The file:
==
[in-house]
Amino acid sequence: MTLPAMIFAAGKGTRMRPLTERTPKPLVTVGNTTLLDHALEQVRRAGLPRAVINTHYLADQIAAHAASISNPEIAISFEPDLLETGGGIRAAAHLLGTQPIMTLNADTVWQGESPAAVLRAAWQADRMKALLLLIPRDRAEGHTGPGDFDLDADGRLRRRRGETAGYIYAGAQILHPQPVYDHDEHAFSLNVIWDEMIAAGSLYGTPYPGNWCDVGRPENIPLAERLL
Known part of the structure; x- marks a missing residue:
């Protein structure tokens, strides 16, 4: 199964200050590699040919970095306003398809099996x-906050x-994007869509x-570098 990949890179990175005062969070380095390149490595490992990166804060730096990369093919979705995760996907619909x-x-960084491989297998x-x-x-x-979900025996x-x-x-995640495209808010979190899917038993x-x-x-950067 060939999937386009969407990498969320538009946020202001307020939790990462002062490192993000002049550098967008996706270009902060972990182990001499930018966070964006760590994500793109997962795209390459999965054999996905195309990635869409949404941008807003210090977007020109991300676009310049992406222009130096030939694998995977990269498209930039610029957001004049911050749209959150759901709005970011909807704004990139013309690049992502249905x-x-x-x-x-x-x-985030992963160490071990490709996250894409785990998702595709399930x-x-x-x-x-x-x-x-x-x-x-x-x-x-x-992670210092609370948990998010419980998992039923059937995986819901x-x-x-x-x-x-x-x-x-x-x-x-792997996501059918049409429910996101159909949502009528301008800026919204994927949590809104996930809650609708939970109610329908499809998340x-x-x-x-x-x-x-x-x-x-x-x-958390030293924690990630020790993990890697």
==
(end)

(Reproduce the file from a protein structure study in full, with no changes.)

[in-house]
Amino acid sequence: MTLPAMIFAAGKGTRMRPLTERTPKPLVTVGNTTLLDHALEQVRRAGLPRAVINTHYLADQIAAHAASISNPEIAISFEPDLLETGGGIRAAAHLLGTQPIMTLNADTVWQGESPAAVLRAAWQADRMKALLLLIPRDRAEGHTGPGDFDLDADGRLRRRRGETAGYIYAGAQILHPQPVYDHDEHAFSLNVIWDEMIAAGSLYGTPYPGNWCDVGRPENIPLAERLL
Known part of the structure; x- marks a missing residue:
């Protein structure tokens, strides 16, 4: 199964200050590699040919970095306003398809099996x-906050x-994007869509x-570098 990949890179990175005062969070380095390149490595490992990166804060730096990369093919979705995760996907619909x-x-960084491989297998x-x-x-x-979900025996x-x-x-995640495209808010979190899917038993x-x-x-950067 060939999937386009969407990498969320538009946020202001307020939790990462002062490192993000002049550098967008996706270009902060972990182990001499930018966070964006760590994500793109997962795209390459999965054999996905195309990635869409949404941008807003210090977007020109991300676009310049992406222009130096030939694998995977990269498209930039610029957001004049911050749209959150759901709005970011909807704004990139013309690049992502249905x-x-x-x-x-x-x-985030992963160490071990490709996250894409785990998702595709399930x-x-x-x-x-x-x-x-x-x-x-x-x-x-x-992670210092609370948990998010419980998992039923059937995986819901x-x-x-x-x-x-x-x-x-x-x-x-792997996501059918049409429910996101159909949502009528301008800026919204994927949590809104996930809650609708939970109610329908499809998340x-x-x-x-x-x-x-x-x-x-x-x-958390030293924690990630020790993990890697």